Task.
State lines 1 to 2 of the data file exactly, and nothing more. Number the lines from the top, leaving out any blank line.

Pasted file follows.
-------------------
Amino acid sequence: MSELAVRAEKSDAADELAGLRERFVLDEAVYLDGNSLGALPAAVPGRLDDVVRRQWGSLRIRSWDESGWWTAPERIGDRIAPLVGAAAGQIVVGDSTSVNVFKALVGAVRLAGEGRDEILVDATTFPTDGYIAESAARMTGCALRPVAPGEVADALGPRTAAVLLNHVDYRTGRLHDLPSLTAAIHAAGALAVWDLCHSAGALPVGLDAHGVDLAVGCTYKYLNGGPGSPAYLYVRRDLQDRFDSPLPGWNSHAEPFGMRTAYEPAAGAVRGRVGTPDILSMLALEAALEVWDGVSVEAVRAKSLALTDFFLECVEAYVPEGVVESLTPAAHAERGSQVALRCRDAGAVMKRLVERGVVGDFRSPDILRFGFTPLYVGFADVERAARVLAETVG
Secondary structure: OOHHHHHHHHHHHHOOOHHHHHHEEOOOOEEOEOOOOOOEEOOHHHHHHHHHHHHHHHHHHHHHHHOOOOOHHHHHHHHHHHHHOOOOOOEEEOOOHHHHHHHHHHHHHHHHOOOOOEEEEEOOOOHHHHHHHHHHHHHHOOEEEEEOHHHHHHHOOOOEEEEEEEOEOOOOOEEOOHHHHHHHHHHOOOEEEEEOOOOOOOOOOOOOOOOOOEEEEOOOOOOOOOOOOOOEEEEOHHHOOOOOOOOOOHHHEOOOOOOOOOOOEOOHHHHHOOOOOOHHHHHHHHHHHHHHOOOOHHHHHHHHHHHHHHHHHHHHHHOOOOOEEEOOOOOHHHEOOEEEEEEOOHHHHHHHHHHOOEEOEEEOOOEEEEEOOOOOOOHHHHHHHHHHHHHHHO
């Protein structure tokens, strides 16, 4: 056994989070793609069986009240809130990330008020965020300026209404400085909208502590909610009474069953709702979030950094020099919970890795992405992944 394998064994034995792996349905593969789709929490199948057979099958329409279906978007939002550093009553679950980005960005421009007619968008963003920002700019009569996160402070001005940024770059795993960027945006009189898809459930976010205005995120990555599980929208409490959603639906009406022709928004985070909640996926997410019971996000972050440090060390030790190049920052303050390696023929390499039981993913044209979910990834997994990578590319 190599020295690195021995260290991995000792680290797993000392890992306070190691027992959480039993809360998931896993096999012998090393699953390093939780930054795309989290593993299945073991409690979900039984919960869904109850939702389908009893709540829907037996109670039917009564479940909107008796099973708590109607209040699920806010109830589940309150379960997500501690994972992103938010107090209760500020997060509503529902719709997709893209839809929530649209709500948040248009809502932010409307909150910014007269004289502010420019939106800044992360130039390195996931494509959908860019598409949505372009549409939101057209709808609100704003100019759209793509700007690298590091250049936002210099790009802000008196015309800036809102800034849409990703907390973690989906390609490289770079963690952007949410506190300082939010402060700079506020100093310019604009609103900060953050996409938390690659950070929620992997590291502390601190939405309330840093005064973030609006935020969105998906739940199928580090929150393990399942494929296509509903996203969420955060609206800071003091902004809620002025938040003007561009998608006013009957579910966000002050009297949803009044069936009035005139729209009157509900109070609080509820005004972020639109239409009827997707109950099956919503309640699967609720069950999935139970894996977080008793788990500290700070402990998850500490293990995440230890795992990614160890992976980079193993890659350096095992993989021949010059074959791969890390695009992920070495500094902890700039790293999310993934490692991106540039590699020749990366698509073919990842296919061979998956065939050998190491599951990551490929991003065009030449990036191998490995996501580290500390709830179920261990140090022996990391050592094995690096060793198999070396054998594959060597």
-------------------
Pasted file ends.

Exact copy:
Amino acid sequence: MSELAVRAEKSDAADELAGLRERFVLDEAVYLDGNSLGALPAAVPGRLDDVVRRQWGSLRIRSWDESGWWTAPERIGDRIAPLVGAAAGQIVVGDSTSVNVFKALVGAVRLAGEGRDEILVDATTFPTDGYIAESAARMTGCALRPVAPGEVADALGPRTAAVLLNHVDYRTGRLHDLPSLTAAIHAAGALAVWDLCHSAGALPVGLDAHGVDLAVGCTYKYLNGGPGSPAYLYVRRDLQDRFDSPLPGWNSHAEPFGMRTAYEPAAGAVRGRVGTPDILSMLALEAALEVWDGVSVEAVRAKSLALTDFFLECVEAYVPEGVVESLTPAAHAERGSQVALRCRDAGAVMKRLVERGVVGDFRSPDILRFGFTPLYVGFADVERAARVLAETVG
Secondary structure: OOHHHHHHHHHHHHOOOHHHHHHEEOOOOEEOEOOOOOOEEOOHHHHHHHHHHHHHHHHHHHHHHHOOOOOHHHHHHHHHHHHHOOOOOOEEEOOOHHHHHHHHHHHHHHHHOOOOOEEEEEOOOOHHHHHHHHHHHHHHOOEEEEEOHHHHHHHOOOOEEEEEEEOEOOOOOEEOOHHHHHHHHHHOOOEEEEEOOOOOOOOOOOOOOOOOOEEEEOOOOOOOOOOOOOOEEEEOHHHOOOOOOOOOOHHHEOOOOOOOOOOOEOOHHHHHOOOOOOHHHHHHHHHHHHHHOOOOHHHHHHHHHHHHHHHHHHHHHHOOOOOEEEOOOOOHHHEOOEEEEEEOOHHHHHHHHHHOOEEOEEEOOOEEEEEOOOOOOOHHHHHHHHHHHHHHHO